HARARE – Opposition leader Egypt Dzinemunhenzwa has given the Zimbabwe Electoral Commission (ZEC) and the government a 72-hour ultimatum to withdraw their “exorbitant” nomination fees or face prosecution.
Potential presidential candidates for the 2023 elections must pay $20,000 each to pass the mandatory court nomination process, according to an official gazette published on Friday last week.
Prospective MPs pay $1,000 per person, while those wishing to be voted in Senate and local elections pay $100 per person.
The unilateral filing drew sharp criticism from opposition and civil society groups, who accuse the Zanu PF-led agency of a sinister plot to prevent opponents from voting in national elections.
Dzinemunhenzva, head of the African National Party Liberation Force organization and standing candidate in previous presidential elections, threw down the gauntlet and called for the charges to be dropped.
In the formal notice, the lawyers claim that Dzinemunhenzva commonly referred to as ED managed to vote in the country’s back-to-back elections with a party membership fee of just 25 cents a year.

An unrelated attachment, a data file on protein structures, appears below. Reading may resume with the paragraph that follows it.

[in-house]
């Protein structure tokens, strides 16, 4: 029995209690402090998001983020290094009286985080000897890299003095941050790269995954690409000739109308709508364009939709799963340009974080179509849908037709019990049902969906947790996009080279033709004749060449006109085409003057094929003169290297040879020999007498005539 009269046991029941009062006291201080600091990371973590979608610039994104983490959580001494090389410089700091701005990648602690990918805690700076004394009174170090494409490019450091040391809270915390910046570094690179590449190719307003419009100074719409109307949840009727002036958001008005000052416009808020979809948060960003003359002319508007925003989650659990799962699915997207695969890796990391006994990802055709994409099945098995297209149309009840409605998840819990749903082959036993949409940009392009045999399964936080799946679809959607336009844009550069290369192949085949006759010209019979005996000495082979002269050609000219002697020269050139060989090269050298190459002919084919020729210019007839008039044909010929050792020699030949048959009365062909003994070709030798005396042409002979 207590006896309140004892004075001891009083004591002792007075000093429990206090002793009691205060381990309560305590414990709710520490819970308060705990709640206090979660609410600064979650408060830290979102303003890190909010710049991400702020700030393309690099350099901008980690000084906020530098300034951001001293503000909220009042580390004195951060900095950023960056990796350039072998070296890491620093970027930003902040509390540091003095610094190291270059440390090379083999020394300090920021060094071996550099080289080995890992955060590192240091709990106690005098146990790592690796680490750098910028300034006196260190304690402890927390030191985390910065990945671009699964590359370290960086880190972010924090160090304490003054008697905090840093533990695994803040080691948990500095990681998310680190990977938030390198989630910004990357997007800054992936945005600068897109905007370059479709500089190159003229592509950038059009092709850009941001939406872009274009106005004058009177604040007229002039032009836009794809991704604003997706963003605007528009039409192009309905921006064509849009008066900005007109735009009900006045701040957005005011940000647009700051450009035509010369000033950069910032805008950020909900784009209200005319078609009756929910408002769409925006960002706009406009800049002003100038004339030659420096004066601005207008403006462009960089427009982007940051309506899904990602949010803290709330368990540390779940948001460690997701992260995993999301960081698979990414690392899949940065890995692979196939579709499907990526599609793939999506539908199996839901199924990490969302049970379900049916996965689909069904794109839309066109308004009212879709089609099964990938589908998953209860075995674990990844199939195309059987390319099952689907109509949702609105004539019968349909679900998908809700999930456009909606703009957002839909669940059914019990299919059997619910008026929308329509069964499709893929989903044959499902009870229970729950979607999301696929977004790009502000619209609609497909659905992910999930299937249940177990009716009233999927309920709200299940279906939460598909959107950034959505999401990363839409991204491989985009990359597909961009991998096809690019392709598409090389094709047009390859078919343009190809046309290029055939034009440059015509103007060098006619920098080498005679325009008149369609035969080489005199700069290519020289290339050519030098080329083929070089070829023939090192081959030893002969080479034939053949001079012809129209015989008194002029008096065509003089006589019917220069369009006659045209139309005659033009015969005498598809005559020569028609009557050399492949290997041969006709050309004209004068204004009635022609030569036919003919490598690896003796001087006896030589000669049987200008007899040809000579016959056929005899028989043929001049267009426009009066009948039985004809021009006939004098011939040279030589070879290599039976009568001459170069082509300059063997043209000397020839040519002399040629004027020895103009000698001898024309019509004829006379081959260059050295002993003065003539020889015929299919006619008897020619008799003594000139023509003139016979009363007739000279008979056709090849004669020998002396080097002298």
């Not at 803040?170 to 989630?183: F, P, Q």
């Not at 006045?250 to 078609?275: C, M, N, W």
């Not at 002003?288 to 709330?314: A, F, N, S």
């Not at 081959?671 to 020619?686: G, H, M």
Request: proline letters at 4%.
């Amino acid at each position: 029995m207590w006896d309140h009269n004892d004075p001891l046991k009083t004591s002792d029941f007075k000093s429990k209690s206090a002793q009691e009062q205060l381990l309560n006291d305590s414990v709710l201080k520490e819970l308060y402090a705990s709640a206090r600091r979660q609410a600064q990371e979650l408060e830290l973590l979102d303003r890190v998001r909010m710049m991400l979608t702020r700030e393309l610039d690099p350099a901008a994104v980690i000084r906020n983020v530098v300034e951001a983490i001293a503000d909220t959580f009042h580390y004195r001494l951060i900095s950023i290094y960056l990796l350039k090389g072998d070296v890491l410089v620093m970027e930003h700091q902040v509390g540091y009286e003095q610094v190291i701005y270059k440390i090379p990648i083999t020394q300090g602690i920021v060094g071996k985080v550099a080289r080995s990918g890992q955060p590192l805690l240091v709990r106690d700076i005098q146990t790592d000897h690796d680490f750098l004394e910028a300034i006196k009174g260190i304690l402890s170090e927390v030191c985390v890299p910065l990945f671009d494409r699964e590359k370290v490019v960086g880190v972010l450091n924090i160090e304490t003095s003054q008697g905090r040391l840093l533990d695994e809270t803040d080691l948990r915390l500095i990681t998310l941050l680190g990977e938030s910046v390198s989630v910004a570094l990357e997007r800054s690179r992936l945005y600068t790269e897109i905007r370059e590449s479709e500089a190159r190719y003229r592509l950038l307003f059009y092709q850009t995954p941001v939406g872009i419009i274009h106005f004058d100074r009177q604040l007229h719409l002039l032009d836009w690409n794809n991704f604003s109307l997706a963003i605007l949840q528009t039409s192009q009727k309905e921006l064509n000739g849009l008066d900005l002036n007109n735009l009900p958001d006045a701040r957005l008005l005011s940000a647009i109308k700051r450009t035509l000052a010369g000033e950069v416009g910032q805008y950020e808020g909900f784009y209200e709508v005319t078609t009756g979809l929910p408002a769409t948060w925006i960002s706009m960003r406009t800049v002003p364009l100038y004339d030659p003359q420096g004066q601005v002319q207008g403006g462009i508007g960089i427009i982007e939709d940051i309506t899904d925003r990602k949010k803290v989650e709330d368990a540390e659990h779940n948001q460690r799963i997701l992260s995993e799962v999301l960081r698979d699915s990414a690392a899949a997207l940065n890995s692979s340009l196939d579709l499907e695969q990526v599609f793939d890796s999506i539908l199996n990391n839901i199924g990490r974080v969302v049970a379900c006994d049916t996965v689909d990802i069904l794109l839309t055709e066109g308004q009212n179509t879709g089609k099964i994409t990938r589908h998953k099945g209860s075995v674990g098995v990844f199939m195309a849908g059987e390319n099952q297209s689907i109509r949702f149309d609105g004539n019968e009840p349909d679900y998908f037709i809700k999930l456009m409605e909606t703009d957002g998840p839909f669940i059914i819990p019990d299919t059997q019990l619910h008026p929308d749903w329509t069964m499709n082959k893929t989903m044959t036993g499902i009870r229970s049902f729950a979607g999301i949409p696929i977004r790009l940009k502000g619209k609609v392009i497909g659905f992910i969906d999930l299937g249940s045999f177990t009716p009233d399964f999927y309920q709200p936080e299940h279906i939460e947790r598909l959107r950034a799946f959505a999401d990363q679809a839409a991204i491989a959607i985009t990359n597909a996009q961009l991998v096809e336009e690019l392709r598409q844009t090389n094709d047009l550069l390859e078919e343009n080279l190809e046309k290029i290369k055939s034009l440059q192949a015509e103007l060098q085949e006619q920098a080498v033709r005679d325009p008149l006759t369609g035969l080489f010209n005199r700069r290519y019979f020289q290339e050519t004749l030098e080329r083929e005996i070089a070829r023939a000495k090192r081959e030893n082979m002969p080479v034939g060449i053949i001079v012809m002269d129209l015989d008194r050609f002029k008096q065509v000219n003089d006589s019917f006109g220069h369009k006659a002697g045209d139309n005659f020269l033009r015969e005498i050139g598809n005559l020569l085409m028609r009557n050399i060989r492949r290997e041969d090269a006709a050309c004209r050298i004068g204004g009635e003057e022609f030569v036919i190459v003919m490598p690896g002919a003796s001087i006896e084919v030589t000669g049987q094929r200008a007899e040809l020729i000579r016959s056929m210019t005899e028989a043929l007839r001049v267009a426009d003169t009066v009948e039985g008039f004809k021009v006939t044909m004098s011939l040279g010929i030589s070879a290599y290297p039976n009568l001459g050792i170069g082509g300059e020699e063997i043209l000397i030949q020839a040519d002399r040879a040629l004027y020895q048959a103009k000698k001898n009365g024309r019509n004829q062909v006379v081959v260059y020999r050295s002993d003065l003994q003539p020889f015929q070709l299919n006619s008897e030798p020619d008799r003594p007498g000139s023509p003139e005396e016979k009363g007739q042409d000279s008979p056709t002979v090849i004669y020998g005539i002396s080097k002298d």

Read the letter in part, “We advise that, our clients who have always participated in the electoral processes of this country consider the increase in nomination fees aforementioned as being grossly unreasonable …”
“In light of the above, we have been instructed to demand, as we hereby do, that within 72 hours of receiving this letter, you withdraw the regulations and/or review the nomination fees downward, after consultations with stakeholders who include our clients, failing which we are under instructions to approach the courts for recourse.”
The charges were widely criticized by the country’s opposition, which includes the CCC and Lovemore Madhuku’s NCA while MDC Alliance leader Douglas Mwonzora is the only candidate to welcome the fees.
- ZimLive/ additional report by RosGwen24 News